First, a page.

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Profile: NELDCES
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User Name: NELDCES
Forum Rank: Newbie
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Joined: Wednesday, August 30, 2017
Last Visit: Thursday, April 25, 2019 2:39:09 PM
Number of Posts: 29
[0.00% of all post / 0.05 posts per day]
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  Last 10 Posts
Topic: Anxiety situations
Posted: Thursday, April 25, 2019 2:39:09 PM
Boo hoo!


Anxiety situations:


I was at school, and my teacher asked us to make a list of anxiety situations. Although I understand the word anxiety, I can't think of any anxiety situations that could affect my life. Do you know any?
Topic: Patience, that blending of moral courage with physical timidity.
Posted: Thursday, April 25, 2019 9:10:57 AM
Boo hoo!


Patience, that blending of moral courage with physical timidity.

Thomas Har
Topic: using "she" when referring to an inanimate thing
Posted: Thursday, April 25, 2019 9:03:58 AM
Boo hoo! language is without a doubt amazing!!!
Topic: learn antonym
Posted: Tuesday, January 22, 2019 9:53:45 AM
Boo hoo! I am not very sure, but is there an opposite of the word learn?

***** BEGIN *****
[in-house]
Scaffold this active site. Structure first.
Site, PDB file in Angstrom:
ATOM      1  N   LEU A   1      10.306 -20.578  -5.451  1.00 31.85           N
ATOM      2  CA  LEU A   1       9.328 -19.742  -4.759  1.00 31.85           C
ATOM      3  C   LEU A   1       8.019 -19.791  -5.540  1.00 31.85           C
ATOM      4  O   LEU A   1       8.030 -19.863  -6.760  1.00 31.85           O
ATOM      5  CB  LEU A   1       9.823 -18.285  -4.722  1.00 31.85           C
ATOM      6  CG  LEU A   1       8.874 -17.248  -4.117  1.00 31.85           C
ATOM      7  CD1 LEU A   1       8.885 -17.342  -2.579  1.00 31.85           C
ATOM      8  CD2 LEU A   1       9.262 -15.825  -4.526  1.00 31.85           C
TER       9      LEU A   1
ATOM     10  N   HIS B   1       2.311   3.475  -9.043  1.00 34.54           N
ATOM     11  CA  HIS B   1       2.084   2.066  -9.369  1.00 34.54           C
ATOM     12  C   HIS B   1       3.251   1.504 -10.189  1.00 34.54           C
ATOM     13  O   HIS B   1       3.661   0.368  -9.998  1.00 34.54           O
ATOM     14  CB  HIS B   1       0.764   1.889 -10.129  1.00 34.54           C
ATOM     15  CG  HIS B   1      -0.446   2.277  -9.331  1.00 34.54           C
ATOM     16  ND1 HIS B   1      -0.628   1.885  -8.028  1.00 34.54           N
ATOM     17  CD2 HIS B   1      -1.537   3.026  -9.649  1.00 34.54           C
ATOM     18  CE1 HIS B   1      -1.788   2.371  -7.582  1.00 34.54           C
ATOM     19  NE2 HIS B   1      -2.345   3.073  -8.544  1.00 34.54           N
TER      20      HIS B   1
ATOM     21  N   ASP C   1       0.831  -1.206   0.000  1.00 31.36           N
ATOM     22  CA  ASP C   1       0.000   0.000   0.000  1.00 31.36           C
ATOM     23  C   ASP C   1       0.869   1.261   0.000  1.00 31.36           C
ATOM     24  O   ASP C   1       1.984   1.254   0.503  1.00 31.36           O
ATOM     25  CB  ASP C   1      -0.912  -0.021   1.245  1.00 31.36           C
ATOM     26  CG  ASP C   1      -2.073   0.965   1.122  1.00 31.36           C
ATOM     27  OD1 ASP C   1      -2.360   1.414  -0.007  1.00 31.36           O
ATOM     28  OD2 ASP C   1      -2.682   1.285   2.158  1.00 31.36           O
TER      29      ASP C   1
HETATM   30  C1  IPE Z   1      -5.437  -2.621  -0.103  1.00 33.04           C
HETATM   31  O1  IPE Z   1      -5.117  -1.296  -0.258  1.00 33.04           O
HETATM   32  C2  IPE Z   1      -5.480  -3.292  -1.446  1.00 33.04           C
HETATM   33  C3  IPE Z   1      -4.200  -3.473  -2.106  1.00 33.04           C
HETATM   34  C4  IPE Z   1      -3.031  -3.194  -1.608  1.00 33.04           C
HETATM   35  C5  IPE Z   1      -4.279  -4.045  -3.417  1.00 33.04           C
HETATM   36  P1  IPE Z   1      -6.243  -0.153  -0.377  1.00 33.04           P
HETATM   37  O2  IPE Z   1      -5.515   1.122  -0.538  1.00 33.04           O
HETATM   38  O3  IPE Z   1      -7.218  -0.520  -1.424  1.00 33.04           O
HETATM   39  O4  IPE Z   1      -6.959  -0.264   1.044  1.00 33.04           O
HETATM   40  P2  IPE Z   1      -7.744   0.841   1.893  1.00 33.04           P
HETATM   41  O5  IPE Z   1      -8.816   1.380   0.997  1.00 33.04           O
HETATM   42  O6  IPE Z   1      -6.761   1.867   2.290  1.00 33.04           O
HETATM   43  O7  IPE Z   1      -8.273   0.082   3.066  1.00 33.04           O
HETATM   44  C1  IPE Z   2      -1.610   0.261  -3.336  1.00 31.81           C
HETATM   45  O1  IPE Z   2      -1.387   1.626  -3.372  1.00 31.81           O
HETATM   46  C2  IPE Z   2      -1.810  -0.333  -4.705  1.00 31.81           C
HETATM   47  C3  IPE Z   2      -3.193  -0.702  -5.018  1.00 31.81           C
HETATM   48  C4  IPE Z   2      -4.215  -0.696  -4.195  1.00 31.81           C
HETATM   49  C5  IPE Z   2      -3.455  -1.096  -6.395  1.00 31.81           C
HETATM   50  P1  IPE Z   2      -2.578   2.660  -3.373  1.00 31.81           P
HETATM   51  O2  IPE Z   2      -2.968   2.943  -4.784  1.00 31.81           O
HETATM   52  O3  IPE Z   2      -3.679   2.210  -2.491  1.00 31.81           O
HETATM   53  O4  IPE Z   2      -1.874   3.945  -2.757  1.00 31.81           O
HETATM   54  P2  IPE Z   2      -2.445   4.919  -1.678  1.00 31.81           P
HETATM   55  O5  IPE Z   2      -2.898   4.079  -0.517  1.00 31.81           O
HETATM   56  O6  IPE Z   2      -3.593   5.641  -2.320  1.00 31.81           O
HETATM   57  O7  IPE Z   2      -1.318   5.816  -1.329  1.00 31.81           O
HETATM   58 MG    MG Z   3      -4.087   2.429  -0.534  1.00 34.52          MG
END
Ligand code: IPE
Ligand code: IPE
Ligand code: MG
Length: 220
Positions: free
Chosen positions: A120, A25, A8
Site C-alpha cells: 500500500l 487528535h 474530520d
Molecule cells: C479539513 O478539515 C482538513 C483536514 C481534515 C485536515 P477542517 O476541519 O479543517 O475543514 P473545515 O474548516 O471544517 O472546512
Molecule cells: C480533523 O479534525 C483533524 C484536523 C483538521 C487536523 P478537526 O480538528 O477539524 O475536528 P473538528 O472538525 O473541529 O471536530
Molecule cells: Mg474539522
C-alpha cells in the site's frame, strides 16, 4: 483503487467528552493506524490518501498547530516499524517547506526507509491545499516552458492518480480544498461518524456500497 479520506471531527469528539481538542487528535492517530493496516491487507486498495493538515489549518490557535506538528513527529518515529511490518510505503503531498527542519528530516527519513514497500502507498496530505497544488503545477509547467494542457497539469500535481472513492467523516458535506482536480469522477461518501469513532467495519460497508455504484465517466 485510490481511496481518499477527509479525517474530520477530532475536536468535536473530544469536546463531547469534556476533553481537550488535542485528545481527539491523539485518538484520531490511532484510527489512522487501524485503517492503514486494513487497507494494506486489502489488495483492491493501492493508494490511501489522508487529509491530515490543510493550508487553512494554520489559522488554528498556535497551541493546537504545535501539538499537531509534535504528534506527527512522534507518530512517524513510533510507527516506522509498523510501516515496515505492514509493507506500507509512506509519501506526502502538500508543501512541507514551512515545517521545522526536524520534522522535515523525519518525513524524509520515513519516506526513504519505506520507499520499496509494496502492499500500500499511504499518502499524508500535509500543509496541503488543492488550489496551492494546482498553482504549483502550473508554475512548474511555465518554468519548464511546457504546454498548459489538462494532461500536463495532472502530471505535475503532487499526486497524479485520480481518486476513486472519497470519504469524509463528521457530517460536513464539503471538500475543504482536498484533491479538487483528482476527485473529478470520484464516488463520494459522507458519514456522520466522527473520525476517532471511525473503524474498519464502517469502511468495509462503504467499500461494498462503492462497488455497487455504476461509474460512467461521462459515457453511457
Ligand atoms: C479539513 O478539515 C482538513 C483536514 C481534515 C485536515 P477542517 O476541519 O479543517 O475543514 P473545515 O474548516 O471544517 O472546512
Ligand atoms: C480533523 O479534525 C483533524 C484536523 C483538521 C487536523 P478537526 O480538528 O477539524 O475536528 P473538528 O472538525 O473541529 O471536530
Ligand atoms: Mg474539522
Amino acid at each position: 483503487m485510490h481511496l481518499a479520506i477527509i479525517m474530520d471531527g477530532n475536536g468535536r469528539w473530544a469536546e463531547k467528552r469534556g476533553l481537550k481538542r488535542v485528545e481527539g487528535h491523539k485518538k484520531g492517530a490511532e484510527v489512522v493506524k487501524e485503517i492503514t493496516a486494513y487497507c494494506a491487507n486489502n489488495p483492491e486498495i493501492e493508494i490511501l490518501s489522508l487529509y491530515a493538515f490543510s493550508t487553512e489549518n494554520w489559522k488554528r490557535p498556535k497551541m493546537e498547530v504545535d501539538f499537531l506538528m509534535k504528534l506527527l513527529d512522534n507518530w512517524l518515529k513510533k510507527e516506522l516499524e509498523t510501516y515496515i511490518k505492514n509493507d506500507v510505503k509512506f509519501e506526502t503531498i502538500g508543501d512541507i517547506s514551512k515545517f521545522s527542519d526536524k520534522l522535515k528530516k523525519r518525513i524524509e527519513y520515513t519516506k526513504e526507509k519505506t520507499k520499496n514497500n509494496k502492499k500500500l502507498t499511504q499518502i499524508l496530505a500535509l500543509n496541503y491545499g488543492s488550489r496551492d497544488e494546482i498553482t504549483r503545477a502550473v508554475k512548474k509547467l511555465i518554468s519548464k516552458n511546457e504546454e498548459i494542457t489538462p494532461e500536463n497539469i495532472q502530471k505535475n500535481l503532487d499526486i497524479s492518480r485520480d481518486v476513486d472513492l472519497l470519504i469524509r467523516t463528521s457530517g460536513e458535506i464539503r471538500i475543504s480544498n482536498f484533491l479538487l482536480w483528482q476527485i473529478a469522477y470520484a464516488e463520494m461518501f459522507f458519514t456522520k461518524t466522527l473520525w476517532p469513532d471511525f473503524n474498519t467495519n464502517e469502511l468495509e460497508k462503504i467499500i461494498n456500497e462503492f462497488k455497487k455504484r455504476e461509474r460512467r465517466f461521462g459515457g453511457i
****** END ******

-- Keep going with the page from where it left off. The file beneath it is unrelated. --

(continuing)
Regards,
Topic: result from / of?
Posted: Monday, January 21, 2019 9:17:14 AM
I am trying to understand what the difference is between result from and result of.


Is there any difference between these two, result from and result of?


Anxious
Topic: Question
Posted: Thursday, August 2, 2018 11:46:44 AM
Good Morning,

I don't know the answer to this question.

What's the difference between long-haired cat with long-hairing cat?




Regards,
Topic: morpheme
Posted: Friday, April 20, 2018 11:39:06 AM
Boo hoo! con·struct (kən-strŭkt′)

I guess it has two morphemes. Look at the dictionary definition. Anxious
Topic: reaper
Posted: Thursday, April 19, 2018 10:24:10 AM
Boo hoo!
Word of the Day
reaper

Definition: (noun) Someone who helps to gather the harvest.
Synonyms: harvester


I am very sure if I could work as a reaper. Whistle
Topic: both
Posted: Wednesday, February 21, 2018 11:12:01 AM
Well only the first is correct. The second is phrased confusingly and would not be heard.


Boo hoo!
Topic: emigrated or migrated
Posted: Thursday, February 15, 2018 11:39:03 AM
Boo hoo!

Usage Note: Migrate usually indicates a permanent change of settlement when referring to people and implies historical demographic shifts of great magnitude, as in In the 5th century ad the Angles, Saxons, and Jutes began migrating to England. When referring to birds or other animals, migrate usually indicates a seasonal or other temporary change in habitat. Emigrate and immigrate are used only of people and also imply a permanent move, generally across a political boundary. Emigrate describes the move relative to the point of departure: After the Nazis came to power in Germany, many scientists emigrated. Immigrate describes the move relative to the destination: The promise of prosperity here in the United States encouraged many people to immigrate.



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